Continuing our series of archival photos and documents, today we have this; it’s an original application to attend Rockbrook from 1921, its very first year. That summer, girls attended for one long session that lasted 8 weeks between July 6th and August 31st. This application shows that Elizabeth Fisher from Hackensack, NJ was one of 35 girls who traveled to Brevard to be the very first Rockbrook campers. So neat!
Check out this great page from a 1941 Rockbrook Catalog. Campers had the opportunity to go on lots of different adventures including overnight camping trips. Camping trips now follow the principles of Leave No Trace, but back in the 1940’s you can see that the camp outs were quite elaborate. Don’t you know those S’mores tasted delicious?!
There are many fascinating and inspirational women who have been a part of Rockbrook and it’s history. None more so than the artist Elizabeth O’Neill Verner of Charleston, South Carolina. Mrs. Verner was a long time neighbor of Rockbrook, her seasonal home Hanty Branch Hill is located next door. Her daughter Elizabeth Verner Hamilton was the first camper at Rockbrook in 1921. Mrs. Verner and Mrs. Carrier were good friends and Mrs. Verner was often recruited to come teach the campers the art of sketching and pastels. We can imagine her walking over from her home, ready to teach the enthusiastic campers. She is mentioned in the journals and scrapbooks of several campers from the mid 1920’s. It must have been a great occasion when Mrs. Verner was in attendance.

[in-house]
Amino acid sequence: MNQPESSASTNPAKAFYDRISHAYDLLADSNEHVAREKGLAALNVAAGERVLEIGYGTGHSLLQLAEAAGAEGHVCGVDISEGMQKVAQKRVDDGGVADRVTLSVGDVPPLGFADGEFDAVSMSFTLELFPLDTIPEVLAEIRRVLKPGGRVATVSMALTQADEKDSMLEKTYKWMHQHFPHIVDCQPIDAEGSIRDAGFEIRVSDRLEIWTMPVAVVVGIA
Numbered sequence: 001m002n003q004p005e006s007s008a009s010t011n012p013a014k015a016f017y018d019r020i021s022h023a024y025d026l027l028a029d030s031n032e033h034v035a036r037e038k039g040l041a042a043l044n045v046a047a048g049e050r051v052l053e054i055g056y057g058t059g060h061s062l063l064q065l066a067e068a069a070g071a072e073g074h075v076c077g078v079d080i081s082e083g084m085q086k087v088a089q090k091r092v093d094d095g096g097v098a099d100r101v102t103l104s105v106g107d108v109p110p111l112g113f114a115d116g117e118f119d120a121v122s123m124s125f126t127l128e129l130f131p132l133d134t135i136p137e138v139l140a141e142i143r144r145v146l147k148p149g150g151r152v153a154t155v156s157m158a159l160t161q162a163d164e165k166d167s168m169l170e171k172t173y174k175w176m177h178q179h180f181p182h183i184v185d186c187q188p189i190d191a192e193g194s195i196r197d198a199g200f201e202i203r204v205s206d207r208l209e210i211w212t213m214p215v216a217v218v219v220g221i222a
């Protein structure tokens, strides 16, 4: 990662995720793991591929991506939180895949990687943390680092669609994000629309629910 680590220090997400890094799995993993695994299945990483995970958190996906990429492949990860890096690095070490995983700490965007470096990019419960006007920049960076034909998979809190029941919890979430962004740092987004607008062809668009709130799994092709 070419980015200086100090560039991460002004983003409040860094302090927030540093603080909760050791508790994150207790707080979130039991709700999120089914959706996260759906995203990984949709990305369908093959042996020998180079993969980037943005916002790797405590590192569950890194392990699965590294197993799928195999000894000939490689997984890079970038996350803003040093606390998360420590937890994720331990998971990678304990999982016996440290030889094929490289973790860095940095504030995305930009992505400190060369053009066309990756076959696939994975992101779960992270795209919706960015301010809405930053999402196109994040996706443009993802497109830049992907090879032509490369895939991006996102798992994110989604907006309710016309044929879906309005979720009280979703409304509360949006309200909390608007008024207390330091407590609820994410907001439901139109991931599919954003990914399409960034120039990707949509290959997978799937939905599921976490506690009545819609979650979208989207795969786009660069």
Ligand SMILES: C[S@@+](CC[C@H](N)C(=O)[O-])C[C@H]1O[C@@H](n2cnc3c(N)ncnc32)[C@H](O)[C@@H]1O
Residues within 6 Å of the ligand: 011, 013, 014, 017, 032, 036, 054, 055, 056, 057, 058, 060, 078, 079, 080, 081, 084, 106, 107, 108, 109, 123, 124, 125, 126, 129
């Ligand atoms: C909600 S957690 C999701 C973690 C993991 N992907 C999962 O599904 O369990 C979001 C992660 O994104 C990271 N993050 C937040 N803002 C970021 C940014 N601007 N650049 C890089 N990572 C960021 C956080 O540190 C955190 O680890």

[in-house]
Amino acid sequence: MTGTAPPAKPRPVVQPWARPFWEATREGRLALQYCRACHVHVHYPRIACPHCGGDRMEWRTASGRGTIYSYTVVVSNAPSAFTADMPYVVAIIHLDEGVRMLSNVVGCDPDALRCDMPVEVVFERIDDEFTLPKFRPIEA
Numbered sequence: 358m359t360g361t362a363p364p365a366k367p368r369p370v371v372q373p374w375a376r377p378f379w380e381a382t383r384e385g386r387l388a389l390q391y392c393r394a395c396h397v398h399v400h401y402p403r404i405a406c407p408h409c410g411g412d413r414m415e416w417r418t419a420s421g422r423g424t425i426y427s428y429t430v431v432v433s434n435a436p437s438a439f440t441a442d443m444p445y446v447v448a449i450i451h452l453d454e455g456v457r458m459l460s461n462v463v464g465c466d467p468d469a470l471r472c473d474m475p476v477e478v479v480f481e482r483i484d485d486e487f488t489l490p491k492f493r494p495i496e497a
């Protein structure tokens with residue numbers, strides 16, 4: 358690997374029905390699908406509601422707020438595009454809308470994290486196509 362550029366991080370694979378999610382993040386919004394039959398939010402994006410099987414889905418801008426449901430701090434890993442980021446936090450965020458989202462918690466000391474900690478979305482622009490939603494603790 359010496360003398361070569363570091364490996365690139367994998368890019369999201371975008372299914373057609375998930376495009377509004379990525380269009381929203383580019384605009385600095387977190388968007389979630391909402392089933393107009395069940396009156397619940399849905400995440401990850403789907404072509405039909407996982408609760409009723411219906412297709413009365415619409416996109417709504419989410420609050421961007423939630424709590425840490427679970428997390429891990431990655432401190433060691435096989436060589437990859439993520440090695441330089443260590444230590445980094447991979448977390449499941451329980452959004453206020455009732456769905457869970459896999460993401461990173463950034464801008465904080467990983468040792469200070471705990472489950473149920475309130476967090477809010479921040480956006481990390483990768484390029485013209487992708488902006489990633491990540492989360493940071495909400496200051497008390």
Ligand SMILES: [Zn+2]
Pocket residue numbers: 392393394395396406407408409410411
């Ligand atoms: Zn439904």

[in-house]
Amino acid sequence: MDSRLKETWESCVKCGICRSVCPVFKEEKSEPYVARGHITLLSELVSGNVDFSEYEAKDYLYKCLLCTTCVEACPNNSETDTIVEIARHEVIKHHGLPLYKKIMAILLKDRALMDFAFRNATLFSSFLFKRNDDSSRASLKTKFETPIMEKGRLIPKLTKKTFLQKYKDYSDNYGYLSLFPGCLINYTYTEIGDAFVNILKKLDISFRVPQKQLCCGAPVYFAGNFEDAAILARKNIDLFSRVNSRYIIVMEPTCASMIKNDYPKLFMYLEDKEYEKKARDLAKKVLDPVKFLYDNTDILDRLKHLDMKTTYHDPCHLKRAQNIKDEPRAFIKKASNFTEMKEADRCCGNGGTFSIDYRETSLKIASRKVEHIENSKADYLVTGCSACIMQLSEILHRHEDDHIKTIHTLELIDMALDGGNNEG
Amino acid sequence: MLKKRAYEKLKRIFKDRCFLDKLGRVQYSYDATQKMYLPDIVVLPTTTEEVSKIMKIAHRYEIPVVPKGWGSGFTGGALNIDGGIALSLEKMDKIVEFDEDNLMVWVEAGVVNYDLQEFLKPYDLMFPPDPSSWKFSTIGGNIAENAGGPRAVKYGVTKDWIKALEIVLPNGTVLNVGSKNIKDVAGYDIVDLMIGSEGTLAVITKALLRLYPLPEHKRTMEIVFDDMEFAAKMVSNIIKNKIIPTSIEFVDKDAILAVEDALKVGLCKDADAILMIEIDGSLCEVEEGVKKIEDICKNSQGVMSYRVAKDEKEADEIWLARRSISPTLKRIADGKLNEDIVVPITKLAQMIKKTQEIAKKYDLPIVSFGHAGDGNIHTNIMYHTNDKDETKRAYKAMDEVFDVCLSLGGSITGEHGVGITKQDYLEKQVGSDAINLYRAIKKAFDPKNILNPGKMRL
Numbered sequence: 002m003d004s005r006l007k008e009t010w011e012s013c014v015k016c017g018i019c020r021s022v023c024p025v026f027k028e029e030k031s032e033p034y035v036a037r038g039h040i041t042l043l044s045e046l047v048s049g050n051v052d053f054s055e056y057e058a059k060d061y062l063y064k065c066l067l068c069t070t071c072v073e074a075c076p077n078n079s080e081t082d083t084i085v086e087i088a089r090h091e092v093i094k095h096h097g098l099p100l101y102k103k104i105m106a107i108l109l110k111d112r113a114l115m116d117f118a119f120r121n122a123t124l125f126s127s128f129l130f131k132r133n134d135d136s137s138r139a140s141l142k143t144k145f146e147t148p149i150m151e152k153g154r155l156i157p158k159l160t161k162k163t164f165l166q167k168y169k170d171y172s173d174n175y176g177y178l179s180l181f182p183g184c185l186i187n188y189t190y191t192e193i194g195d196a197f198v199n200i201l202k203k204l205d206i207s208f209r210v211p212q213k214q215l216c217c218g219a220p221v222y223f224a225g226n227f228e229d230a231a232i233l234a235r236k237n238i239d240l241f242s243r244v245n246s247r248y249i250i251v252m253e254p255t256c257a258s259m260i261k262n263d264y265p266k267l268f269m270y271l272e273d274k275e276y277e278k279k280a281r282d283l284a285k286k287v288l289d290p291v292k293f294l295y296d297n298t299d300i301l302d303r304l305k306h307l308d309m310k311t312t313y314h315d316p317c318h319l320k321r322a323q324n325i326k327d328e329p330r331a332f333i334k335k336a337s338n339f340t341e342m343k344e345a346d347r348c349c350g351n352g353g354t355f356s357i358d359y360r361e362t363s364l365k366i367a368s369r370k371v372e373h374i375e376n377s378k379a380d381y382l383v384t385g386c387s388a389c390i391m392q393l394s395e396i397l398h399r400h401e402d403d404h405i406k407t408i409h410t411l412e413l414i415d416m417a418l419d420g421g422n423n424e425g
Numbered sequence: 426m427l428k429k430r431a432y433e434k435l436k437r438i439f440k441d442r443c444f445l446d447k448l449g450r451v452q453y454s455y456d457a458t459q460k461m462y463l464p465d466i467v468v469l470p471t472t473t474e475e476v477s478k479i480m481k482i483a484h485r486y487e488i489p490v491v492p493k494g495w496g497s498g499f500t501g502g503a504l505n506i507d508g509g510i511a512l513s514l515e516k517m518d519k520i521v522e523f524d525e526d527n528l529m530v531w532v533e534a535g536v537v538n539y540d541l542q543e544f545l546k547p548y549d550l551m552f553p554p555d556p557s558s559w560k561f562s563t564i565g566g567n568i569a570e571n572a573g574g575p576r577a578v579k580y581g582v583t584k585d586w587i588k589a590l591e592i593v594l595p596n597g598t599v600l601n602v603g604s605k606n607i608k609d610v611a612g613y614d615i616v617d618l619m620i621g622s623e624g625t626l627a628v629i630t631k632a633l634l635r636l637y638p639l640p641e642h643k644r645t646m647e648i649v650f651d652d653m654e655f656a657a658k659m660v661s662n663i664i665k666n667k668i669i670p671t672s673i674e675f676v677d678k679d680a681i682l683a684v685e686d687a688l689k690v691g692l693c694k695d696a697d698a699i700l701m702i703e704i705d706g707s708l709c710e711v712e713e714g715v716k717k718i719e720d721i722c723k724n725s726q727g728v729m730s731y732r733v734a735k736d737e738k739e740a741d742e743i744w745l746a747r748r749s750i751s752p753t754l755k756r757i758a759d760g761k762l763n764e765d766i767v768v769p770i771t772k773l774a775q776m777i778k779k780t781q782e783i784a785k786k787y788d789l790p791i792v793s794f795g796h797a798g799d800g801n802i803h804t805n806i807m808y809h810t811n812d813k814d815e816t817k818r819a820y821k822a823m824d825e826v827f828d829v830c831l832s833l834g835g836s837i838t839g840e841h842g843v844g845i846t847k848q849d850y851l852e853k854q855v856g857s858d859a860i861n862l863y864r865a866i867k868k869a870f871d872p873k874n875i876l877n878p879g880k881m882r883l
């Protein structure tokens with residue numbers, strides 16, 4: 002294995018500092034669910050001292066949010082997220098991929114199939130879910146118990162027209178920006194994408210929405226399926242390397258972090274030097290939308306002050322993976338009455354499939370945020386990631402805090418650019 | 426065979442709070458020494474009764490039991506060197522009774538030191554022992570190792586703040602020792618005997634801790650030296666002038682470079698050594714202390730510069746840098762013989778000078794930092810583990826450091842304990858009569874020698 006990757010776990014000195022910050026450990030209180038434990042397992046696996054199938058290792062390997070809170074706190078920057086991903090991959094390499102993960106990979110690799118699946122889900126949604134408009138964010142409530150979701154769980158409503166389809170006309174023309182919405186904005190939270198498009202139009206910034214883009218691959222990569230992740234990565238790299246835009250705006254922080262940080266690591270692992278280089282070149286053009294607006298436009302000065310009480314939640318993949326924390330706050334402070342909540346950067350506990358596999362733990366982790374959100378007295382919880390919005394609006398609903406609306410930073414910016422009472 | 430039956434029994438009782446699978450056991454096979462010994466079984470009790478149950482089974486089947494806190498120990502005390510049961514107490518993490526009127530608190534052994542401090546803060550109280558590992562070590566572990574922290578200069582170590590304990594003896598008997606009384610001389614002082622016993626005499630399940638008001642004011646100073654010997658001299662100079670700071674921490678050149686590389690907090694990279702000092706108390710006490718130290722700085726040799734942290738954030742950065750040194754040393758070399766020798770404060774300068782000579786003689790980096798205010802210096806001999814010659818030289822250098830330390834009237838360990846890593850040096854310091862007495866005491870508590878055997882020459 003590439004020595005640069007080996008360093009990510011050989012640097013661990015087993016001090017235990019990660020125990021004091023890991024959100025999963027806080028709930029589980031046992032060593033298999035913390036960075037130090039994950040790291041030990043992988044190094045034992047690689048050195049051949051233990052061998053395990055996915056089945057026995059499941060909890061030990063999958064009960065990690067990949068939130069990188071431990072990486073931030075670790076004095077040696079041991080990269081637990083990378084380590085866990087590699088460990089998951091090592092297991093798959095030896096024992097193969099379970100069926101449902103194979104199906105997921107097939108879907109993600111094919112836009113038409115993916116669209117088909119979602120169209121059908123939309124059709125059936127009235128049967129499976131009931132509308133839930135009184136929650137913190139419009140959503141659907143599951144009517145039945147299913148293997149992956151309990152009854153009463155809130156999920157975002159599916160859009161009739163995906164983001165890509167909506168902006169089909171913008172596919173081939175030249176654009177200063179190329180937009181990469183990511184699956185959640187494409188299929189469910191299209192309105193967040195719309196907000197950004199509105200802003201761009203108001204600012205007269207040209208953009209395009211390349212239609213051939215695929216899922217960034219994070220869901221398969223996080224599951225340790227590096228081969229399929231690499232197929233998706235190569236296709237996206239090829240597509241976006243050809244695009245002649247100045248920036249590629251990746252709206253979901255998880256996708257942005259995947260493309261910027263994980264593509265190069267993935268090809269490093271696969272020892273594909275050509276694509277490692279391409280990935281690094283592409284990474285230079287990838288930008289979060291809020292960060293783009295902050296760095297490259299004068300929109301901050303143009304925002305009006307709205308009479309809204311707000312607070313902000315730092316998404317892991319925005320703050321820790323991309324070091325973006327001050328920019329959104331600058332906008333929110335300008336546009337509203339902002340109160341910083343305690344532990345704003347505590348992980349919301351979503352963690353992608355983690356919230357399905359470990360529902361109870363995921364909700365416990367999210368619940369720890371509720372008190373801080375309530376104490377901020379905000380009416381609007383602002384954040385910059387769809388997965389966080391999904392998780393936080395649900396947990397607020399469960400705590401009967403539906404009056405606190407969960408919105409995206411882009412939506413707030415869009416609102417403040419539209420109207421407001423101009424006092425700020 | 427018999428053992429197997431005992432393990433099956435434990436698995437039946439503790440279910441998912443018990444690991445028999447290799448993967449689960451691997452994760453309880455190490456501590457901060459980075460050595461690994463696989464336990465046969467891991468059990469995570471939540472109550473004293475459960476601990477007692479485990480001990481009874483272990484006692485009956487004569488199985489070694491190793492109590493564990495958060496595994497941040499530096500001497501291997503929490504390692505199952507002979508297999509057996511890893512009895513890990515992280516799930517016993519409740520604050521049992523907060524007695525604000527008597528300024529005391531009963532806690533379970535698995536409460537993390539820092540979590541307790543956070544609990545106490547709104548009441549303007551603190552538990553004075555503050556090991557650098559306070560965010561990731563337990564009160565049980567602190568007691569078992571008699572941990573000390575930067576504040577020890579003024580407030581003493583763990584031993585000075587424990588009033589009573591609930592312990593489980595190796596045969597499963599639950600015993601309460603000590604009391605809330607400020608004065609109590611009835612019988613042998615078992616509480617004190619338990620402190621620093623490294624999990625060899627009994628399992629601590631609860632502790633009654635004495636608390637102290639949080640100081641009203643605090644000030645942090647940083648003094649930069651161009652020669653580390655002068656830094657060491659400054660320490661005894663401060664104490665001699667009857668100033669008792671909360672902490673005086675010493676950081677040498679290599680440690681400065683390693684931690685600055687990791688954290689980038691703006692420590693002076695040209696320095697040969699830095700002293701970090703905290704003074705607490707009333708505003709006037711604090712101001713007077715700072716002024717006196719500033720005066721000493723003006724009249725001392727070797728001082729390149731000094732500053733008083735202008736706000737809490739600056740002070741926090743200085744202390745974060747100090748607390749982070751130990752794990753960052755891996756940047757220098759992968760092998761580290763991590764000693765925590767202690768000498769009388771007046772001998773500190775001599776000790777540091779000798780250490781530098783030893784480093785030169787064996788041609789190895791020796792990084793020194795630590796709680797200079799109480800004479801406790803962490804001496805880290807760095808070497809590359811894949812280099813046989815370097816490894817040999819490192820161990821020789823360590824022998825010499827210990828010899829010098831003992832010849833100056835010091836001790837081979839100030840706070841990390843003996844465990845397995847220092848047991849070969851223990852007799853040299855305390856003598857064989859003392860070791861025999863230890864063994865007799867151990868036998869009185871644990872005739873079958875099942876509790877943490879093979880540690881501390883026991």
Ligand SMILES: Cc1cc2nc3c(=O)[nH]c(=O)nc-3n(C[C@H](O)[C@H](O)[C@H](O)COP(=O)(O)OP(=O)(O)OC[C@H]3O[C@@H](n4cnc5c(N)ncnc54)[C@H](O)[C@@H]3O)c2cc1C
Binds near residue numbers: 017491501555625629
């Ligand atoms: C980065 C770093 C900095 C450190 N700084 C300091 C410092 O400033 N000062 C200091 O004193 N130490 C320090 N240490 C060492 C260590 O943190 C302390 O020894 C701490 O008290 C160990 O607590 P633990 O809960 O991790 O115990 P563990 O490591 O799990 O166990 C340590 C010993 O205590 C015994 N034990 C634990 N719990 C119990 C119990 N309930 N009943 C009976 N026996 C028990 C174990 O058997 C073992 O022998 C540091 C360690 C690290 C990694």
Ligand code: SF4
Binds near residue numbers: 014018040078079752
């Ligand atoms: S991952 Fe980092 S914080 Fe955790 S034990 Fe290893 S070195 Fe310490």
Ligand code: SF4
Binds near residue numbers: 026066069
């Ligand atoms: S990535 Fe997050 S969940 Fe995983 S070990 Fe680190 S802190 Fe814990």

While at Rockbrook she also created an etching of the waterwheel that ran the power for the camp. We will be sure to share that image with you in a later blog posting.